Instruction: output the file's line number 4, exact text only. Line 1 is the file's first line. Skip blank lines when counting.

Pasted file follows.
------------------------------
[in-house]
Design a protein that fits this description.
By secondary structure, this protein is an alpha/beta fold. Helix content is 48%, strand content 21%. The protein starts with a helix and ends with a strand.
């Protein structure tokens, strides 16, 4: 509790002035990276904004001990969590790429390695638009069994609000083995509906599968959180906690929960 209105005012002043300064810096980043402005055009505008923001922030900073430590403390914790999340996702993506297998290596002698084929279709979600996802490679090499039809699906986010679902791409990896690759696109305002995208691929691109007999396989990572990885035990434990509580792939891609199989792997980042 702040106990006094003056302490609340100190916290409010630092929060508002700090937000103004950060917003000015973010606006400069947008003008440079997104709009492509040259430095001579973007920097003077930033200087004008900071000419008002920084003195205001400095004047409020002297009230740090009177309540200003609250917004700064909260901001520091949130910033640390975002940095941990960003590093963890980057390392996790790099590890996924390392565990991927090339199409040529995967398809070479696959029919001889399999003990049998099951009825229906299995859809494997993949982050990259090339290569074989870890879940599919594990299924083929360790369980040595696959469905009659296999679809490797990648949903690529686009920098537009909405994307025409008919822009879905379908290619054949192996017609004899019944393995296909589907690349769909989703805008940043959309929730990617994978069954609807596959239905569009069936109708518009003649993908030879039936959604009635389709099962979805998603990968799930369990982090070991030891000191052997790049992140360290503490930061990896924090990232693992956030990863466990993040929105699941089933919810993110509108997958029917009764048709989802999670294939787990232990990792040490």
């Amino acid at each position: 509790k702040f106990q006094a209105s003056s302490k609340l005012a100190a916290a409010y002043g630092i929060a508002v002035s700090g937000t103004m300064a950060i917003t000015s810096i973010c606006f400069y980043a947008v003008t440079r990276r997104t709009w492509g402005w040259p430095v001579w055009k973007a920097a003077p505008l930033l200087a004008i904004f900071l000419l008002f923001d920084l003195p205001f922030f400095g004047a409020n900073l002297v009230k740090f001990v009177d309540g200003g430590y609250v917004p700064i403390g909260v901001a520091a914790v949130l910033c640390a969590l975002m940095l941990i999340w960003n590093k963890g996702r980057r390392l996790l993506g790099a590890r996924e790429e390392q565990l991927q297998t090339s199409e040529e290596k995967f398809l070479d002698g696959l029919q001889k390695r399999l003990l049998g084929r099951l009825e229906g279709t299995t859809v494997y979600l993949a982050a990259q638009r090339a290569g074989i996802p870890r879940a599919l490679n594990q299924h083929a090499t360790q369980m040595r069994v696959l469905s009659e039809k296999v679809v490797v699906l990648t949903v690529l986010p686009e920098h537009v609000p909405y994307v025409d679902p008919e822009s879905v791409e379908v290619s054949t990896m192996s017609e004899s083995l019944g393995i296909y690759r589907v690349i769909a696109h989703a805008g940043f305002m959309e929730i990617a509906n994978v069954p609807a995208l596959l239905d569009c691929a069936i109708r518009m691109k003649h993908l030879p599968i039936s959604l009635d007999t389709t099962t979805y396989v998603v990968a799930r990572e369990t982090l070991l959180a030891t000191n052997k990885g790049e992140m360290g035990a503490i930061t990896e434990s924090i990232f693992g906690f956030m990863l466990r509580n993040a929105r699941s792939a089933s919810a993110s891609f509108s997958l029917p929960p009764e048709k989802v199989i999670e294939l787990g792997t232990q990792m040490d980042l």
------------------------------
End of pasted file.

């Protein structure tokens, strides 16, 4: 509790002035990276904004001990969590790429390695638009069994609000083995509906599968959180906690929960 209105005012002043300064810096980043402005055009505008923001922030900073430590403390914790999340996702993506297998290596002698084929279709979600996802490679090499039809699906986010679902791409990896690759696109305002995208691929691109007999396989990572990885035990434990509580792939891609199989792997980042 702040106990006094003056302490609340100190916290409010630092929060508002700090937000103004950060917003000015973010606006400069947008003008440079997104709009492509040259430095001579973007920097003077930033200087004008900071000419008002920084003195205001400095004047409020002297009230740090009177309540200003609250917004700064909260901001520091949130910033640390975002940095941990960003590093963890980057390392996790790099590890996924390392565990991927090339199409040529995967398809070479696959029919001889399999003990049998099951009825229906299995859809494997993949982050990259090339290569074989870890879940599919594990299924083929360790369980040595696959469905009659296999679809490797990648949903690529686009920098537009909405994307025409008919822009879905379908290619054949192996017609004899019944393995296909589907690349769909989703805008940043959309929730990617994978069954609807596959239905569009069936109708518009003649993908030879039936959604009635389709099962979805998603990968799930369990982090070991030891000191052997790049992140360290503490930061990896924090990232693992956030990863466990993040929105699941089933919810993110509108997958029917009764048709989802999670294939787990232990990792040490």